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“Back to sustainability” by Clara Montaner Augé

Every transition process is complex, it requires reflection and illusion, and it is traced out step by step. In a way, the journey towards sustainability is a return one, the outward journey was taken when we started the industrialization period.  The so-called “development” came with promises of a longer and more comfortable life, but we gradually forgot how it was cultivated while respecting natural rhythms, how was possible living without plastic on a daily basis, or how to have a low-emission holiday. Today it is our turn to learn again from nature and its regenerative function, from our grandparents and their ancestral wisdom, and also to reinvent ourselves, although we now know that under the premise of unlimited growth there is no possible future.

Five years ago my carbon footprint was the average of a young woman of the Global North, with a modest salary, but with access to numerous commodities that the consumer model offers at affordable prices. I shared a flat with friends, I ate junk food weekly, I have bought fast fashion every season and I have taken several flights per year. After studying Environmental science (although it gave me a base to build my principles) did not prevent me from causing a high ecological impact, since, in my mind, sustainability fitted apparently well as a mere feature, as an appendix to be added to the productivist system in order to improve it.

In the summer of 2016, I started living with my partner and my decisions started to take another dimension. We were going to settle in one place, to start a life according to our taste and values. 

We started to realize that we did not need to fill the house with new furniture to set up our space. We also decided not to have a car and to move around on foot, by bike or public transport. With a little planning, buying local products and free of chemical pesticides was feasible. At first, we counted how much organic food each basket contained and we were happy to know that with those products we were not contaminating the soil, the rivers, or harming the wildlife. Thus, the proportion of respectful purchases was gaining weight.

Photo: Clara’s carbon footprint (3.6ton/year) compared to a baseline (3.5ton/year) considerably lower than the average in developed countries , distributed by category

At the same time, I stopped eating animals. Knowing their capacity to feel love, pain, happiness… thanks to the coexistence with other species, the subject came to my head, although I decided to do so when I came across a truck of pigs going to the slaughterhouse. The deep sadness became the strength to take the step towards vegetarianism. The most difficult thing has been to face social pressure since the traditions linked to meat are very deep-rooted. 

However, I have never wanted to go back, and the benefits of quitting meat range from dramatic reductions in carbon footprint to health benefits. My diet is now almost vegan, as milk or eggs are part of the same industry of animal husbandry and environmental degradation, and they are not essential to a healthy diet – always if it’s balanced and provides the necessary nutrients.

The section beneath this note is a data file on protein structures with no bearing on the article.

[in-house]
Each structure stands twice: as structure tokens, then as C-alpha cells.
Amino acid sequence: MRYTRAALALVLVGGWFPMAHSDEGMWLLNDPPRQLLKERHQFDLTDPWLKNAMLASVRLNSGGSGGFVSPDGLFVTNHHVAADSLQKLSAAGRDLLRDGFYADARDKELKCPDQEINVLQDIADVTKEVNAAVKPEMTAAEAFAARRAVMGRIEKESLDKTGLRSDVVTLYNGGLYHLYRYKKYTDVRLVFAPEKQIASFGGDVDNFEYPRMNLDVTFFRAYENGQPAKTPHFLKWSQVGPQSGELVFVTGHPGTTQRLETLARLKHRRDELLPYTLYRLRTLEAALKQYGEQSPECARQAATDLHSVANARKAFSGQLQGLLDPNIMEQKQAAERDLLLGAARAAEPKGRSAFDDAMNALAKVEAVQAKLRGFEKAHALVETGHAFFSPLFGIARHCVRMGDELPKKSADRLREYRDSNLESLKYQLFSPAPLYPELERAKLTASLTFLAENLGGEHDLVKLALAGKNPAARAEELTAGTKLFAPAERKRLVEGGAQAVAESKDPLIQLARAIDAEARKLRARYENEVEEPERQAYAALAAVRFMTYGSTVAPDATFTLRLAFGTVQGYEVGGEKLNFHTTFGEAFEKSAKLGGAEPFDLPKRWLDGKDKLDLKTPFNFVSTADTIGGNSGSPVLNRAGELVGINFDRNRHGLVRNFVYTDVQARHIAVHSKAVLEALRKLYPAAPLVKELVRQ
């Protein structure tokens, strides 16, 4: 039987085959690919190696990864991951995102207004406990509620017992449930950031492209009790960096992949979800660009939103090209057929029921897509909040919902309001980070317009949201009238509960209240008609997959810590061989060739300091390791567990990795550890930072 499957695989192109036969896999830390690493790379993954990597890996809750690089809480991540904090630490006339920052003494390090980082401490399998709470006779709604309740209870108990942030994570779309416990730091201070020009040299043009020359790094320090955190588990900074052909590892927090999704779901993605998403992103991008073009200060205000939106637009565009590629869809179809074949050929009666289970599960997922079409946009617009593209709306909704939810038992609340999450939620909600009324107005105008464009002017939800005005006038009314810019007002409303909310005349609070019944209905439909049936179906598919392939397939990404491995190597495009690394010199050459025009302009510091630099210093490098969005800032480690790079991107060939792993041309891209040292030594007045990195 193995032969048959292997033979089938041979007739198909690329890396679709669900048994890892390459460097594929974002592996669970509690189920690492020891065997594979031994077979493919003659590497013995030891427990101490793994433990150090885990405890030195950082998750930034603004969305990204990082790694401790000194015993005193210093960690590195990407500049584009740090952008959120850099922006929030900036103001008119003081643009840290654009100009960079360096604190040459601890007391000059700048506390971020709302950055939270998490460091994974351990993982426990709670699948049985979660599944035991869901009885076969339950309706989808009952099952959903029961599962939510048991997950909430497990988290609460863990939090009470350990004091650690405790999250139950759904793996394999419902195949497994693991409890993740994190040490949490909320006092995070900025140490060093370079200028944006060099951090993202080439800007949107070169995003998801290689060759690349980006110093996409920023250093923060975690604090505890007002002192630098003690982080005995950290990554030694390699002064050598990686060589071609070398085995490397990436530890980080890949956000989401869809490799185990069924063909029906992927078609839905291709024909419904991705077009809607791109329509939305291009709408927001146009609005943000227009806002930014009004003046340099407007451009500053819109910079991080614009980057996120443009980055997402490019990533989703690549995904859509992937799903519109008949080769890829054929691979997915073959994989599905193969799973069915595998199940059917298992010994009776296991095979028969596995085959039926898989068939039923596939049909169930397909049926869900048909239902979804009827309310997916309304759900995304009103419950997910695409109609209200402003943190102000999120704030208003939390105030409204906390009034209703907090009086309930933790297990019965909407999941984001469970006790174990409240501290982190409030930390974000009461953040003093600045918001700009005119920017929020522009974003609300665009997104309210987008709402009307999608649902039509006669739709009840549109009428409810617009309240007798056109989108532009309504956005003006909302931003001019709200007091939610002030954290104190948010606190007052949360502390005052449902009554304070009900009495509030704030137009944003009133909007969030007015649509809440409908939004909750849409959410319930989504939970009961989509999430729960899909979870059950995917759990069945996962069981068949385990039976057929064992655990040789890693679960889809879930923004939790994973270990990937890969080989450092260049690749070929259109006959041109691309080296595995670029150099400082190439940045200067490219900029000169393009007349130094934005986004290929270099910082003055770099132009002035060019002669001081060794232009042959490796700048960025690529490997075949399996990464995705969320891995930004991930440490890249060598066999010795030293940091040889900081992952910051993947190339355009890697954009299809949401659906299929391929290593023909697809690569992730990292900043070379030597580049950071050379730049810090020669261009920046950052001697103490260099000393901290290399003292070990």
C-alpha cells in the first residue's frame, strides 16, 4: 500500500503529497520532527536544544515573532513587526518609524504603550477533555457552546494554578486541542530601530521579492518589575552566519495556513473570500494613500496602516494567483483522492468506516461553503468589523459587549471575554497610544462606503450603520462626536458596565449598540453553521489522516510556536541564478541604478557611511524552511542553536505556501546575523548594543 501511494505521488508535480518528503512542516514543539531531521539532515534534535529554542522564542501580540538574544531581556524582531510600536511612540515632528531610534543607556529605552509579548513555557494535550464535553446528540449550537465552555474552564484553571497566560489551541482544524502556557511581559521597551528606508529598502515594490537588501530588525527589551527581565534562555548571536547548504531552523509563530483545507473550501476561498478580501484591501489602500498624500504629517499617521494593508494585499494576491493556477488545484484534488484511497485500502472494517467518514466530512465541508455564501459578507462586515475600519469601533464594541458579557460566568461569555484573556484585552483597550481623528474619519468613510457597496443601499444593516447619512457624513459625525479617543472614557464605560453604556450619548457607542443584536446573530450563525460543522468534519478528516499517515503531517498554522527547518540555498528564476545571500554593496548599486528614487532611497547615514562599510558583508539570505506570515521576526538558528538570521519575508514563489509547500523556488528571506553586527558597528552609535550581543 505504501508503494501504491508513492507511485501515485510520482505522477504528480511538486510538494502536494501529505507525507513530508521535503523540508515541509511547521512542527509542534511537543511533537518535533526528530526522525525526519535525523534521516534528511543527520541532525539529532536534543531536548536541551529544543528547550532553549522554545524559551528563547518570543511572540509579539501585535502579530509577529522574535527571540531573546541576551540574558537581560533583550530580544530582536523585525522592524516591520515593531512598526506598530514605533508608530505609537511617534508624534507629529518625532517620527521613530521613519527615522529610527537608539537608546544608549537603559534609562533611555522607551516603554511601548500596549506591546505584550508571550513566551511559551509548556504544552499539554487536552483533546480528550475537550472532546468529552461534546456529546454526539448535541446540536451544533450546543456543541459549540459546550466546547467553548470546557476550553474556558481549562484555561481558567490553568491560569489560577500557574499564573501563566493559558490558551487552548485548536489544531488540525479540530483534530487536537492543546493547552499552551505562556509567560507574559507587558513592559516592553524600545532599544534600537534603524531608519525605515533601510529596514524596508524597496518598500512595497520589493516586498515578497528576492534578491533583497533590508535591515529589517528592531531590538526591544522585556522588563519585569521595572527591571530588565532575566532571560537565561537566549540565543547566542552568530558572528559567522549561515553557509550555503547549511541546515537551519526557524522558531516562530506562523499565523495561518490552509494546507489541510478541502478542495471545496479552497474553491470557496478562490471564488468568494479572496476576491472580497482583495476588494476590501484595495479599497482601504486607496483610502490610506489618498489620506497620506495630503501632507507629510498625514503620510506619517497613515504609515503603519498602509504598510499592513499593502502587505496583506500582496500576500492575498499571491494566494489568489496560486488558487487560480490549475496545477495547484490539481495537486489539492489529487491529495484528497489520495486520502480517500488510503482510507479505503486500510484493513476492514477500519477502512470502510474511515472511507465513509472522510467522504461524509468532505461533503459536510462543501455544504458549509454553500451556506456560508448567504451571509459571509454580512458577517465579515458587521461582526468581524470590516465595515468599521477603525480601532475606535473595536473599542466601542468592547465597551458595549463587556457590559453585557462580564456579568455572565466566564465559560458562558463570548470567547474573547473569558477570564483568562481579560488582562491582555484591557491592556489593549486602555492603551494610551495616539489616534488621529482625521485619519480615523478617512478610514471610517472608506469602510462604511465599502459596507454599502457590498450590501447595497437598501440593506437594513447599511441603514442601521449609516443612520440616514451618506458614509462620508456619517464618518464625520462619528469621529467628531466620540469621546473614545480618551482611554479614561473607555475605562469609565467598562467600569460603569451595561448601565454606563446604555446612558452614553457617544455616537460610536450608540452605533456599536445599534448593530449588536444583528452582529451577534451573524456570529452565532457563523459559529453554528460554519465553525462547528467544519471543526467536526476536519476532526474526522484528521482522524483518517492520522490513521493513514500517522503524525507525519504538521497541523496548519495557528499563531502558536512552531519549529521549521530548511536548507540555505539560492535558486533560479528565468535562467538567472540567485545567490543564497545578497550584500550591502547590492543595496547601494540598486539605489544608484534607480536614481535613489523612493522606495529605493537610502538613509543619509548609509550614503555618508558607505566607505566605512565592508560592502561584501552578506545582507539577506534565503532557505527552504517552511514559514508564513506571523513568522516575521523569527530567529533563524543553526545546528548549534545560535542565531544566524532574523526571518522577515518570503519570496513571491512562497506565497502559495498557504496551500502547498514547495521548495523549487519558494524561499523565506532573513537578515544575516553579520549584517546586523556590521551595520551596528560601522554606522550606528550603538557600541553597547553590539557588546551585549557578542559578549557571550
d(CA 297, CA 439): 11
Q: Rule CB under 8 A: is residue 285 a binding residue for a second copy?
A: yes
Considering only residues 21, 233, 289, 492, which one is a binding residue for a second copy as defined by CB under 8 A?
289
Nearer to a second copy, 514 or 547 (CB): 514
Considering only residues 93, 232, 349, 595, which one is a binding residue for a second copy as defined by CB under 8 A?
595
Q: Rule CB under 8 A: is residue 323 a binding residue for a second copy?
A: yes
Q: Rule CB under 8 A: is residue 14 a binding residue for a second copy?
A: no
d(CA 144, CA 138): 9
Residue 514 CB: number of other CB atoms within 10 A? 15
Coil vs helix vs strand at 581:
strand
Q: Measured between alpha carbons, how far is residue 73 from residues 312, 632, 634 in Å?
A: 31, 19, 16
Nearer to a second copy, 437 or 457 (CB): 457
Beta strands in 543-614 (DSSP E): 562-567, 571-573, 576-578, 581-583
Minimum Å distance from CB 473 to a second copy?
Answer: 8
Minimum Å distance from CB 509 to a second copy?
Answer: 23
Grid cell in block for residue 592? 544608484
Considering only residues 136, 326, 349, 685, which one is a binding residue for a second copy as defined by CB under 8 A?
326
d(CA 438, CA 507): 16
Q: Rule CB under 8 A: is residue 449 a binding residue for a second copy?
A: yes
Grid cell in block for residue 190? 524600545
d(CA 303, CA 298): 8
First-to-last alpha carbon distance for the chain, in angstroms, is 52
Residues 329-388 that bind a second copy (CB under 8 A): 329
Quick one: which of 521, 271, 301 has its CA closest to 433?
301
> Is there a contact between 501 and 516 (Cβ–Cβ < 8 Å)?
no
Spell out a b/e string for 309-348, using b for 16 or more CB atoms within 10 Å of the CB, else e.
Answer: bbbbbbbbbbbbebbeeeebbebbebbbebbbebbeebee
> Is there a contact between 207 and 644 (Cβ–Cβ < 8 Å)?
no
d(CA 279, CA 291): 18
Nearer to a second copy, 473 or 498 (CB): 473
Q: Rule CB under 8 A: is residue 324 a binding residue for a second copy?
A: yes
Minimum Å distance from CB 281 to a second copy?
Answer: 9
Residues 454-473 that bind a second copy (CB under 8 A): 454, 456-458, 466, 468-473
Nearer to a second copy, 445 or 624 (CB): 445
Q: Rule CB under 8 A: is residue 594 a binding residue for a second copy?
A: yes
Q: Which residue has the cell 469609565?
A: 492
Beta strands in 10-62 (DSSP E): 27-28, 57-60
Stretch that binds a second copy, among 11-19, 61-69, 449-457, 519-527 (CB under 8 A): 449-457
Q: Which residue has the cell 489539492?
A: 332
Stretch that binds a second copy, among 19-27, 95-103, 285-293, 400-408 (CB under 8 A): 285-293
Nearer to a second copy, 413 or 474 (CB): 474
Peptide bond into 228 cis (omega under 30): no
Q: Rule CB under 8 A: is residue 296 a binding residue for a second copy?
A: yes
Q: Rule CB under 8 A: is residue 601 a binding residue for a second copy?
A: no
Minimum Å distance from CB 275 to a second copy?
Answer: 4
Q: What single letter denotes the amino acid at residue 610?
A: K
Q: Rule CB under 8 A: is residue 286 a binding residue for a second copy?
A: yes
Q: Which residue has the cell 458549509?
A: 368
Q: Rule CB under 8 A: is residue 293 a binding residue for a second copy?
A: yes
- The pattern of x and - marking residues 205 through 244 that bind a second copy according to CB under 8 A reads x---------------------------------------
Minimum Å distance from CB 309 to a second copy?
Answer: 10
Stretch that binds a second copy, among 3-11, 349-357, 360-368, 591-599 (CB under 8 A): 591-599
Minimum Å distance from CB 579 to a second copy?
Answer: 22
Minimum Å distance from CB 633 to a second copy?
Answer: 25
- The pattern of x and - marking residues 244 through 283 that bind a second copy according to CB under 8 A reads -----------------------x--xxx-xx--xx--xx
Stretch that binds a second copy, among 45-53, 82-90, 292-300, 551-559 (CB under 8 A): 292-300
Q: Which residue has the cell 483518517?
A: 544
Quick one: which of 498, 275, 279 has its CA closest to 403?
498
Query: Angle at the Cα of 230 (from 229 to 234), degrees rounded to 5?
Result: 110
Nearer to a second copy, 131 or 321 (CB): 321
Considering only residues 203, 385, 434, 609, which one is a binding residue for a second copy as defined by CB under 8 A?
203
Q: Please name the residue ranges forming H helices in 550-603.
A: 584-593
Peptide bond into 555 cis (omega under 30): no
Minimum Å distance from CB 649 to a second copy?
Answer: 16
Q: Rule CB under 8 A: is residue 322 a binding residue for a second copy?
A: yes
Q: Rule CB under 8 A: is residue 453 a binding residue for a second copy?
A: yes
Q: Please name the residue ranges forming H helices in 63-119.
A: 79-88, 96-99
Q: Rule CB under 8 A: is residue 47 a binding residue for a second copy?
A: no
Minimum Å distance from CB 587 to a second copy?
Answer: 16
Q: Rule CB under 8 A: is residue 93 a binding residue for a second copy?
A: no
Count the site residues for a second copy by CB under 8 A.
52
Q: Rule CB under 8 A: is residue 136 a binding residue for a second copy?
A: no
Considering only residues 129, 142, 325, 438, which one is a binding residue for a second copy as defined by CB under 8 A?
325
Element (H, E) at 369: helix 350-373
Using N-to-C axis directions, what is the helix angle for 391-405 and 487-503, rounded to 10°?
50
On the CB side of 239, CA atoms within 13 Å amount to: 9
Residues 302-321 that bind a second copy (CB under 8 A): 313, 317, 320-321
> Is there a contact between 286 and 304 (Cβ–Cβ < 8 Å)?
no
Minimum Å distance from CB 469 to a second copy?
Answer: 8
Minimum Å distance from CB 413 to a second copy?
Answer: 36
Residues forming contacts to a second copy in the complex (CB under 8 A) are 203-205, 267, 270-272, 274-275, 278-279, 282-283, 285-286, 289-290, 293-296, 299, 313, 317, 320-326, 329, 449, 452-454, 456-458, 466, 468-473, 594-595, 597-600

In 2017 I decided to write a blog: Calaix Ambiental. The initial idea was to capture what I was learning in courses, seminars, exhibitions … on the subject that became my passion: ecology. Then I discovered the underworld activism of social networks and I was fascinated by their profuse information. 

Little by little, I was braiding new fields of action: buying very few clothes and locally manufactured; swapping the products of the giants of pollution (Coca-Cola groups, Nestle, Pepsico, Unilever…) for the ones produced by small producers or in bulk; and now I am in the process of changing my services from internet, electricity, banking… to cooperative alternatives, thus promoting another economy, one that is conscious of strengthening social and ecological networks instead of decimating them.

One thing that helps me decide on my consumption, for example, whether to buy a mobile phone or take a trip to another continent, is to ask myself: does the planet need more mobile phones, more flights…? The answer is usually no since a big part of the system is designed with a view towards sustainability. However, our consumption and the care of the ecosystems do not have to be confronted and today there are already many alternatives focused on living in balance with the natural cycles, some already mentioned. Moreover, contrary to what it seems, a respectful lifestyle is much cheaper, yes, even if you spend more on ecological products you save a lot of superfluous purchases.

I know that throughout my life I have emitted more CO₂ than my peers in the Global South and than the emissions probably generated by future generations, this encourages me to leave behind old habits and live more fairly. It also motivates me to follow this path, bearing in mind the cost of continuing to emit at the current rate: it would mean an increase of between 4 and 5ºC on average over pre-industrial levels by 2100. But science has repeatedly warned us that if the global average temperature rises by more than 2°C, the functioning of the ecosystems will be seriously altered and damaged. 

To keep up with this moderate increase, the industrialized countries should achieve reductions of about 40% of emissions by 2030. But governments don’t have a magic wand. So, this reduction happens because you, me, and all the citizens reduce drastically our carbon footprint. Living with a healthy climate and ecosystems is a right that all should enjoy. Why not bet on it? 

Author: Clara Montaner Augé